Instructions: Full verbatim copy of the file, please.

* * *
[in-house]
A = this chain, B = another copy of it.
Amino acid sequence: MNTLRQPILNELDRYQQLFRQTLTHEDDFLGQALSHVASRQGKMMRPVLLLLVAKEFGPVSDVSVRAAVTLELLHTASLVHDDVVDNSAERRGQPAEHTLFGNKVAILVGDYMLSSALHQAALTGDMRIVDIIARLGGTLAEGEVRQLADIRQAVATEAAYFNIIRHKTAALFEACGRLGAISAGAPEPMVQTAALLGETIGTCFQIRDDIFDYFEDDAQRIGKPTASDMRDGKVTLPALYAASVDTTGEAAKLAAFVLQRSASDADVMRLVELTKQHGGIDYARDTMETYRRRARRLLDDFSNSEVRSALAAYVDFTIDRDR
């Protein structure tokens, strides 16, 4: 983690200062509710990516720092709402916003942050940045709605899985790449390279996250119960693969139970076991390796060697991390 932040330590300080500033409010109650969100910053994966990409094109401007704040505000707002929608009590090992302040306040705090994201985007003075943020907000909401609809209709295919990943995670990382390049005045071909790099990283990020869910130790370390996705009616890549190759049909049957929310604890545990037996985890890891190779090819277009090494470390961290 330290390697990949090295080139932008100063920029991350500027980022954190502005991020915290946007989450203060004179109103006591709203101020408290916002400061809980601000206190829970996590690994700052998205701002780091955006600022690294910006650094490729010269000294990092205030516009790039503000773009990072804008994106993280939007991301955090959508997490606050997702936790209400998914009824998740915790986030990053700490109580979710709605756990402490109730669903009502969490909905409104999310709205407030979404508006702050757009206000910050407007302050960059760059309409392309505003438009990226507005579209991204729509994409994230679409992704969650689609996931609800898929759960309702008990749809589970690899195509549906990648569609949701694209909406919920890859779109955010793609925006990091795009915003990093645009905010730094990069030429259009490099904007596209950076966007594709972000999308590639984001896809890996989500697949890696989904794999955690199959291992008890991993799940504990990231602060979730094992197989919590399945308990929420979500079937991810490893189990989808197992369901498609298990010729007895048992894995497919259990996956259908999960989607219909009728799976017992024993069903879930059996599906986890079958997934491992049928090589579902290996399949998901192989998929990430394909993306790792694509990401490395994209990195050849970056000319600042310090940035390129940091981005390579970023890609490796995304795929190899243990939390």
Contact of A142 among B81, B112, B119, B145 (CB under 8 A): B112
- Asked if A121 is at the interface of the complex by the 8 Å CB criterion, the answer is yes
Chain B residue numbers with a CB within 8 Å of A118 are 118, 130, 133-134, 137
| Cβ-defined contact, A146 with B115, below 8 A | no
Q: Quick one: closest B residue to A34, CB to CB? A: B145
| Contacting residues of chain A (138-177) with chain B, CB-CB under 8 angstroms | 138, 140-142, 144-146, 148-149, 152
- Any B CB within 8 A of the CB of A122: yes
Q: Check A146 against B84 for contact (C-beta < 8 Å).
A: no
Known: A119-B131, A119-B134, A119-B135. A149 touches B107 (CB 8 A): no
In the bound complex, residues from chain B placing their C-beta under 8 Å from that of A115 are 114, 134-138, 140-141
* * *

[in-house]
A = this chain, B = another copy of it.
Amino acid sequence: MNTLRQPILNELDRYQQLFRQTLTHEDDFLGQALSHVASRQGKMMRPVLLLLVAKEFGPVSDVSVRAAVTLELLHTASLVHDDVVDNSAERRGQPAEHTLFGNKVAILVGDYMLSSALHQAALTGDMRIVDIIARLGGTLAEGEVRQLADIRQAVATEAAYFNIIRHKTAALFEACGRLGAISAGAPEPMVQTAALLGETIGTCFQIRDDIFDYFEDDAQRIGKPTASDMRDGKVTLPALYAASVDTTGEAAKLAAFVLQRSASDADVMRLVELTKQHGGIDYARDTMETYRRRARRLLDDFSNSEVRSALAAYVDFTIDRDR
């Protein structure tokens, strides 16, 4: 983690200062509710990516720092709402916003942050940045709605899985790449390279996250119960693969139970076991390796060697991390 932040330590300080500033409010109650969100910053994966990409094109401007704040505000707002929608009590090992302040306040705090994201985007003075943020907000909401609809209709295919990943995670990382390049005045071909790099990283990020869910130790370390996705009616890549190759049909049957929310604890545990037996985890890891190779090819277009090494470390961290 330290390697990949090295080139932008100063920029991350500027980022954190502005991020915290946007989450203060004179109103006591709203101020408290916002400061809980601000206190829970996590690994700052998205701002780091955006600022690294910006650094490729010269000294990092205030516009790039503000773009990072804008994106993280939007991301955090959508997490606050997702936790209400998914009824998740915790986030990053700490109580979710709605756990402490109730669903009502969490909905409104999310709205407030979404508006702050757009206000910050407007302050960059760059309409392309505003438009990226507005579209991204729509994409994230679409992704969650689609996931609800898929759960309702008990749809589970690899195509549906990648569609949701694209909406919920890859779109955010793609925006990091795009915003990093645009905010730094990069030429259009490099904007596209950076966007594709972000999308590639984001896809890996989500697949890696989904794999955690199959291992008890991993799940504990990231602060979730094992197989919590399945308990929420979500079937991810490893189990989808197992369901498609298990010729007895048992894995497919259990996956259908999960989607219909009728799976017992024993069903879930059996599906986890079958997934491992049928090589579902290996399949998901192989998929990430394909993306790792694509990401490395994209990195050849970056000319600042310090940035390129940091981005390579970023890609490796995304795929190899243990939390």
Contact of A142 among B81, B112, B119, B145 (CB under 8 A): B112
- Asked if A121 is at the interface of the complex by the 8 Å CB criterion, the answer is yes
Chain B residue numbers with a CB within 8 Å of A118 are 118, 130, 133-134, 137
| Cβ-defined contact, A146 with B115, below 8 A | no
Q: Quick one: closest B residue to A34, CB to CB? A: B145
| Contacting residues of chain A (138-177) with chain B, CB-CB under 8 angstroms | 138, 140-142, 144-146, 148-149, 152
- Any B CB within 8 A of the CB of A122: yes
Q: Check A146 against B84 for contact (C-beta < 8 Å).
A: no
Known: A119-B131, A119-B134, A119-B135. A149 touches B107 (CB 8 A): no
In the bound complex, residues from chain B placing their C-beta under 8 Å from that of A115 are 114, 134-138, 140-141